7,046
The circuit should be ok.
But when the current is exceed hundred mA, you should be considering the diode voltage drop maybe will exceed 0.7V then Vf=0.7V*6=4.2V, the Vout of battery will be less than 5V then you might just in series with 5 diodes, and if the current is exceed 200 mA then you can use 1N4001~4007 to replace 1N941, and the Q1 could use logical level N MOSFET to replace 2N3904, the N MOSFET can be choose the Vgs>15V, Ids>3A, Rds(on)<=20mΩ, the R1 is no needed and connects a 10K from Vg to Ground as Rgs, that is to avoid when the circuit lose the power from adapter and then the Vg will become a floating or unpredictable status.

#### crutschow

Joined Mar 14, 2008
27,394
Instead of using a 9V battery, why not use four AAA batteries or two 3V lithium cells (such as CR2032) to give you 6V.
That way you don't need so many diodes to drop the voltage for your diode isolation scheme.

Last edited:

#### MisterBill2

Joined Jan 23, 2018
8,990
Instead of using a 9V battery, why not use four AAA batteries or two 3V lithium cells (such as CR2032) to give you 6V.
That way you don't need so many diodes to drop the voltage for your diode isolation scheme.
I was just going to suggest that!! CrutsChow is brilliant indeed.
But now we still don't know if this is a CMOS clock that draws 5Ma or a much older TTL logic clock with 27 ICs that draws over 300 Ma. So how ling will the backup actually last??? Another option is to have a 10F supercapacitor supply the logic and supply the driver circuit with non-backed up power. But there might be an issue with feeding input signals to unpowered IC devices. So it may have a problem with that.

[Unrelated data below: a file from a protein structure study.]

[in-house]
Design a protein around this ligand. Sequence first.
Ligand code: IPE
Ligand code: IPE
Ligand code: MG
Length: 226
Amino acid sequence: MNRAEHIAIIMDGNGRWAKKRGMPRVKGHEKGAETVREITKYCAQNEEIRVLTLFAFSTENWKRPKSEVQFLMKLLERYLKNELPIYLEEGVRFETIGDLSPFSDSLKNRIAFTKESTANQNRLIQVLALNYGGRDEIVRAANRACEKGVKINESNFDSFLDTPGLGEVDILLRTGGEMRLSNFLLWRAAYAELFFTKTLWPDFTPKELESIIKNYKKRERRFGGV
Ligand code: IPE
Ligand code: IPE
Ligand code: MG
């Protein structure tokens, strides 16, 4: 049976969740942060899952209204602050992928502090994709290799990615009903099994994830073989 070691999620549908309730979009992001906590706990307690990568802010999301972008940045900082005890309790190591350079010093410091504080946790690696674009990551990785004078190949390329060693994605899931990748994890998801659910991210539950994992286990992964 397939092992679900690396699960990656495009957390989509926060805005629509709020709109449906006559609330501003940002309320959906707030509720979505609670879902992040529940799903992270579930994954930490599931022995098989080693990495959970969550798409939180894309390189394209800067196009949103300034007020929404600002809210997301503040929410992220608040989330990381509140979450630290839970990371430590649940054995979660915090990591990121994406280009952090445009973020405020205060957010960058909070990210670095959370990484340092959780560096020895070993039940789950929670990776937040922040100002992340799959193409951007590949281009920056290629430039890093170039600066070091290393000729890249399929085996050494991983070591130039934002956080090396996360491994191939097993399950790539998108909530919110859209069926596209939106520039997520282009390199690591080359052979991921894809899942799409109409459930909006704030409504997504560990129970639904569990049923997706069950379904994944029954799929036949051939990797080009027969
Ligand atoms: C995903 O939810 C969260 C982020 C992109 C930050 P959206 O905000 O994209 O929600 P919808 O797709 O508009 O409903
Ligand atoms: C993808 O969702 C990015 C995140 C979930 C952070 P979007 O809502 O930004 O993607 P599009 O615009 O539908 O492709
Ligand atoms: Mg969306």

#### ArakelTheDragon

Joined Nov 18, 2016
1,353
I did not read all the posts, sorry is someone suggested this or if I am making a mistake, but I think "Q1" on the original circuit will not be switching. On a bipolar PNP transistor, the base needs to be more negative than the emitter with "0.6VDC". When your power supply is ON, the "Q3" transistor will conduct. But when its off, how do you expect any voltage on the "Q1" emitter? The upper "Q2" base current flows towards the "Q2" emitter.

#### Arjune

Joined Jan 6, 2018
141
I attached another circuit which is much simpler for me.

View attachment 162594
I used 4 diodes with 0.8v drop each and a 9v battery giving 8v. Adapter out was 6.6v and the clock power out was 5.7v. With a used alkaline battery at 8v the clock power out is 5v. Good, but the count was sporadic as I interrupted battery power by applying the adapter power of a prototype mod 60 counter as a test. I think I need a 5v regulator to regulate adapter power and battery. I think the 7805 regulator has low power loss at no load (5mA?)